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tablr

+-------+-------+-----------+
| tablr | is    | a         |
+-------+-------+-----------+
| 23    | line  | Sinatra   |
| app   | that  | generates |
| rad   | ASCII | tables    |
+-------+-------+-----------+

tablr is a lightweight, quick ‘n dirty interface to the main capabilities of TJ Holowaychuk’s Terminal Table gem. I built it because I like pasting snippets of relevant SQL tables, CSV files, or URL parameters (from Fiddler’s WebForms view) into bug reports (Bugzilla comments are plain-text, and in a fixed-width font), for example:

Parameters sent to http://api.twitter.com/1/statuses/home_timeline.json:

+----------------------------+--------------------+
| name                       | value              |
+----------------------------+--------------------+
| max_id                     | 113545308612464640 |
| count                      | 21                 |
| include_entities           | 1                  |
| include_available_features | 1                  |
| contributor_details        | true               |
| pc                         | true               |
+----------------------------+--------------------+

If you’re a Bugzilla user in particular, maybe you’ll find it useful, too!

Source code available on GitHub.

Categories: Development, Testing.

Tags: , , ,

Minimalist Skin for Bugzilla

If you test web sites and use Bugzilla, a skin I’ve developed named Minimalist may be of interest to you. Of course, please feel free to fork it and modify it for your needs!

Screenshot of the Minimalist skin for Bugzilla

Screenshot of the skin

Here are the skin’s main improvements over “Dusk” (on which it’s based):

  1. Slimmed-down footer: only includes saved searches (instead of just another copy of the header)
  2. “Heat” shading for priority and severity values
  3. Brighter, fresher colors, copied from inspired by Lighthouse
  4. Browser icons (mapped to “Hardware” values)
  5. Wider search field, because QuickSearch is awesome

Categories: Testing.

Tags:

Automated Testing with Fiddler

A probe droid from Star Wars

Harry Robinson likens his Computer-Aided Exploratory Testing to using probe droids

Exploratory testing isn’t necessarily all manual testing. In fact, I’m always looking for opportunities to extend my reach and increase my efficiency with automation. It’s like putting on a pair of night vision goggles: it’s still me and my brain, simultaneously learning, designing, and executing tests, only able to see things from more perspectives at once.

If you’re not familiar with the Fiddler Web Debugger, its core features are:

  • inspecting HTTP traffic
  • setting breakpoints
  • manipulating (“fiddling” with) data

I don’t believe it’s traditionally thought of as a web automation tool (like Selenium or JMeter), but there’s a customizable rules file named, oddly enough, CustomRules.js that can be modified to perform automation as you perform manual exploratory testing. Below are two extremely simple modifications I’ve made that have aided my exploratory testing a great deal. Please feel free to copy, modify, be inspired by them!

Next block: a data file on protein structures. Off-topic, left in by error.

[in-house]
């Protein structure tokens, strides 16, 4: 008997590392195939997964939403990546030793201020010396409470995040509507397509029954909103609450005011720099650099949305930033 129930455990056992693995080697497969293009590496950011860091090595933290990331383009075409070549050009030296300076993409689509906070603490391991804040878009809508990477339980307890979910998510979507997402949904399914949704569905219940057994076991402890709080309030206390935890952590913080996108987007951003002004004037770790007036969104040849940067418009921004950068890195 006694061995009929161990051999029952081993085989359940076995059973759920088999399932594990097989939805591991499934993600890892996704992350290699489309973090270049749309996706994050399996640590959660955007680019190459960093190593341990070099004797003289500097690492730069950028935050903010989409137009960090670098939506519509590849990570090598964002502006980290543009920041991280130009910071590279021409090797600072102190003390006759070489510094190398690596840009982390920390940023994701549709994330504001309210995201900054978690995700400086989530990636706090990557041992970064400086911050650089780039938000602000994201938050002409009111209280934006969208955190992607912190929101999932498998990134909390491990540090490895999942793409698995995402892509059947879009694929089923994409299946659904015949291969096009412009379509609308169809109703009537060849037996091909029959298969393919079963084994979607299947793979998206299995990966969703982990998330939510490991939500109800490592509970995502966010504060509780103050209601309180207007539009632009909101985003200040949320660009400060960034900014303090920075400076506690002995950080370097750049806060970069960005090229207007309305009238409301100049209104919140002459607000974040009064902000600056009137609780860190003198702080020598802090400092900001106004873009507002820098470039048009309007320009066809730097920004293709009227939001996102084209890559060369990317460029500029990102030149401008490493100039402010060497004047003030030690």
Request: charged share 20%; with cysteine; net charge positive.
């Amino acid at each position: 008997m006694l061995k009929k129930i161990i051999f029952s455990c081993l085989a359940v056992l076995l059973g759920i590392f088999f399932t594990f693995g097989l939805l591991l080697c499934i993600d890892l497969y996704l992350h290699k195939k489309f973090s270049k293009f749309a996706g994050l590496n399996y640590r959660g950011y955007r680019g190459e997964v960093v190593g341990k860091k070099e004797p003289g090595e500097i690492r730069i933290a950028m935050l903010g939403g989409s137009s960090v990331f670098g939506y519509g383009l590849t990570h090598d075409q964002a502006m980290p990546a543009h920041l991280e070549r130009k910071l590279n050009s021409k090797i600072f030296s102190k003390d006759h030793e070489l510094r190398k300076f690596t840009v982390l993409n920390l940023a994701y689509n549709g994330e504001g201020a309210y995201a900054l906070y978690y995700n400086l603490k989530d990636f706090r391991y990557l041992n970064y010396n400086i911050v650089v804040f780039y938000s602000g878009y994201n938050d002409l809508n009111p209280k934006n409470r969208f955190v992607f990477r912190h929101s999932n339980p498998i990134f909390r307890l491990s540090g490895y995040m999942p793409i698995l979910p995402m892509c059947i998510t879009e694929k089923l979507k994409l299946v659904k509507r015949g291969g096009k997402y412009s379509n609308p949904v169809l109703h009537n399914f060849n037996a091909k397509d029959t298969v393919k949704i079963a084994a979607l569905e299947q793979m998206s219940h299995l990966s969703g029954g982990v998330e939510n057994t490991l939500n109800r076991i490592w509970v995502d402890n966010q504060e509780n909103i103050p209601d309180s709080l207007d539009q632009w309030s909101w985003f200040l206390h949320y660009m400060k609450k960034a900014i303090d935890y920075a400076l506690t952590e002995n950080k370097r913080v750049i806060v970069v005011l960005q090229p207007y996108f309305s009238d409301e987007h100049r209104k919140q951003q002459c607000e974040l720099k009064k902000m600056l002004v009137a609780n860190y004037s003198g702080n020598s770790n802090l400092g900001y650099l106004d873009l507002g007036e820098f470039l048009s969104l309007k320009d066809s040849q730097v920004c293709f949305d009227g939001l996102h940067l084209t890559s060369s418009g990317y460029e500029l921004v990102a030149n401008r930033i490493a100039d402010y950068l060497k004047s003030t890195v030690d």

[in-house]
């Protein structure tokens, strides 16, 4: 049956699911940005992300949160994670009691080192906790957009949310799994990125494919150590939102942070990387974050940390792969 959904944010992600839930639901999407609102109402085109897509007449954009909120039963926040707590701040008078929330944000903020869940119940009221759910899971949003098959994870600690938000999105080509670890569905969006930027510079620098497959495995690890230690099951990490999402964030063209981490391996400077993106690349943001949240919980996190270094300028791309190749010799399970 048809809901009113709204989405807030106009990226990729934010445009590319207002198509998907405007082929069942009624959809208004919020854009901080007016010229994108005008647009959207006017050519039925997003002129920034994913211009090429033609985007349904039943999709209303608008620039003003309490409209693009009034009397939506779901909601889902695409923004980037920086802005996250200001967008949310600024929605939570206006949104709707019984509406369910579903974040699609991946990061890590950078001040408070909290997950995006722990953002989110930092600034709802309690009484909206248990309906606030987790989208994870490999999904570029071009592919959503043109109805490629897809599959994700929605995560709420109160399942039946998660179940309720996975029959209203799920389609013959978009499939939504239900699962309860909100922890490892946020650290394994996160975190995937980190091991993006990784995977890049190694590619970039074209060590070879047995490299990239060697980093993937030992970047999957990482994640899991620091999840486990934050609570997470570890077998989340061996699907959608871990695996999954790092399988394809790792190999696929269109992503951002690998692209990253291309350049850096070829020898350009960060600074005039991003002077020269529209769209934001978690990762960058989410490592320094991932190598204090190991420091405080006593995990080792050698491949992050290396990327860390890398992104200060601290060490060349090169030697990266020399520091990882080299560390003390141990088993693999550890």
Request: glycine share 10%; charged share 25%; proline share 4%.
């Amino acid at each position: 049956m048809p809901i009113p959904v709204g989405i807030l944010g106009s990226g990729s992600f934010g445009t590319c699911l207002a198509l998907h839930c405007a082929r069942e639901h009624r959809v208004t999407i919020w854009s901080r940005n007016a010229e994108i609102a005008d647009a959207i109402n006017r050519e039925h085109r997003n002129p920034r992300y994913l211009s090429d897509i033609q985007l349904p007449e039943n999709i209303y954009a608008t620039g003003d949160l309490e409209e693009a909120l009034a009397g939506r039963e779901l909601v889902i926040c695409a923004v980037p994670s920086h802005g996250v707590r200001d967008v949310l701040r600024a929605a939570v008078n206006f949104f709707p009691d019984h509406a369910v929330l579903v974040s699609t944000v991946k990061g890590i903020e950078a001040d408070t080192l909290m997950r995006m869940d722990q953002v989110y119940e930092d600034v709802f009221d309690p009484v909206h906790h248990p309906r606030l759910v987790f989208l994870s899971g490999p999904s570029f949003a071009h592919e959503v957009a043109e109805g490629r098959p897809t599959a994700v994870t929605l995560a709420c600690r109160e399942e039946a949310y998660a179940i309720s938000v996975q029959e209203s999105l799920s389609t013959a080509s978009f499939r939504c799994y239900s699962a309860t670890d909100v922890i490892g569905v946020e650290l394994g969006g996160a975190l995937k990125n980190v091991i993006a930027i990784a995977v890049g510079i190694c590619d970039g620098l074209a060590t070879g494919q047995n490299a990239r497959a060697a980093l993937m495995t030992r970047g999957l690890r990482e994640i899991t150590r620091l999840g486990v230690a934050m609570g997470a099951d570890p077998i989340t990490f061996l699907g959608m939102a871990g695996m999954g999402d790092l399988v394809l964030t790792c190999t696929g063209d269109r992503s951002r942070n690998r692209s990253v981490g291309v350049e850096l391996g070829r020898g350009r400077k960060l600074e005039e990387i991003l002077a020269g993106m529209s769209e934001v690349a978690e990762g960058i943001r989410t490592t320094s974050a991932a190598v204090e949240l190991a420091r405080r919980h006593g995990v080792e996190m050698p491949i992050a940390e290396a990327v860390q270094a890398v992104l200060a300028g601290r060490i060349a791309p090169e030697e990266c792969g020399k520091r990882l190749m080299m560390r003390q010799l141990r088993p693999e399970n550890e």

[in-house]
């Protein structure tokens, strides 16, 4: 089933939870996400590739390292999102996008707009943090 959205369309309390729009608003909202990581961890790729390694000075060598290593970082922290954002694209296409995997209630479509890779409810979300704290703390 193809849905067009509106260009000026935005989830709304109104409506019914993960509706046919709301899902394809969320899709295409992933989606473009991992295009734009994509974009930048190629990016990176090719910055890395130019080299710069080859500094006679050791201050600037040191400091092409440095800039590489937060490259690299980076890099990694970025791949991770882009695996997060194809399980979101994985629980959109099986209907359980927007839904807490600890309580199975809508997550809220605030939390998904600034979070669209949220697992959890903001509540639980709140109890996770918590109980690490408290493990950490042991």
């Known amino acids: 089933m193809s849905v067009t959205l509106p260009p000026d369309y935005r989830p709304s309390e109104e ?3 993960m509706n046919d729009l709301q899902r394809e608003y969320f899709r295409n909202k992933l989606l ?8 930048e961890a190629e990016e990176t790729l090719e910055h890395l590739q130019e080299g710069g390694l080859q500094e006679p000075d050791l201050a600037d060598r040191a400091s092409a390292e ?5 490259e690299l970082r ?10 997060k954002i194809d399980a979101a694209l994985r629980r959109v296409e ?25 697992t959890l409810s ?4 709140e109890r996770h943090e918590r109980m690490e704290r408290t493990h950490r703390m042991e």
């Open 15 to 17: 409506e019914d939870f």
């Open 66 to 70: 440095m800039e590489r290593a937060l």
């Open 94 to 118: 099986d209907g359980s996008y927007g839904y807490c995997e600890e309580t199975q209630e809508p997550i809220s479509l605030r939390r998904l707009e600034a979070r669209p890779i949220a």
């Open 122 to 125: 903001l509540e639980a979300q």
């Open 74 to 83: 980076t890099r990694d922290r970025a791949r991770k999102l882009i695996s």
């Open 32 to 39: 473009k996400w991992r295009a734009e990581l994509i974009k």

Example #1: JSON-RPC error detection

// Is this the domain we're interested in (foo.bar.com), and is this a JSON response?
if (oSession.HostnameIs("foo.bar.com") && oSession.oResponse.headers.ExistsAndContains("Content-Type", "application/json")) {
  // "error:null" is present in the response
  if (oSession.utilFindInResponse("\"error\":null", false) > -1) {
    // Turn the line in Fiddler green
    oSession["ui-color"]="green";
  }
  // "error:null" is *not* present in the response
  else {
    //Turn the line in Fiddler red
    oSession["ui-color"]="red";
  }
}

A few of our applications use the JSON-RPC standard for their web services. A rule of thumb I’ve developed is: if an error occurs, something other than “error: null” will be present in the response. When added to the OnBeforeResponse function in CustomRules.js, this code simply turns the request green or red in the session list based upon this rule:

A JSON-RPC error highlighted in red in Fiddler

With Fiddler up on my other screen, any time unexpected behavior is exhibited by the front-end, I only need to glance over and look for red to see whether or not the back-end web services are somehow involved.

Example #2: tracking request highlighting

if (oSession.HostnameIs("www.google-analytics.com")) {
  //Turn the line in Fiddler gold
  oSession["ui-backcolor"]="gold";
}

Every web application we build has some form of tracking (sometimes only in certain environments), and whether it’s event tracking, tracking activity within a Flash interface, or just normal page tracking, it’s been valuable for me to have these requests stand out in the Fiddler session list, like so:

Tracking request highlighted in gold in Fiddler

When added to the OnBeforeRequest function in CustomRules.js, the code above simply turns any request to Google Analytics gold in the session list. If selected, Fiddler’s WebForms view then provides an easy way to inspect the parameters being sent (which can be useful if you don’t have access to the analytics tool itself).

Categories: Testing.

Tags: , ,

Make It Work

Photomontage of "Best of All Possible Libraries"

In March of 2010, I was commissioned by the New York Public Library to write a track for their new employee orientation video, “Best of All Possible Libraries.”

The title of the track comes from the video’s introduction, given by the library’s president, Dr. Paul LeClerc. Looking out over the famous Rose Reading Room, he emphasizes that the greatness of the institution ultimately derives from “the staff of the New York Public Library [who] put this place together and every single day, day in and day out, season after season, make it work.”

Make It Work

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Categories: Composing.

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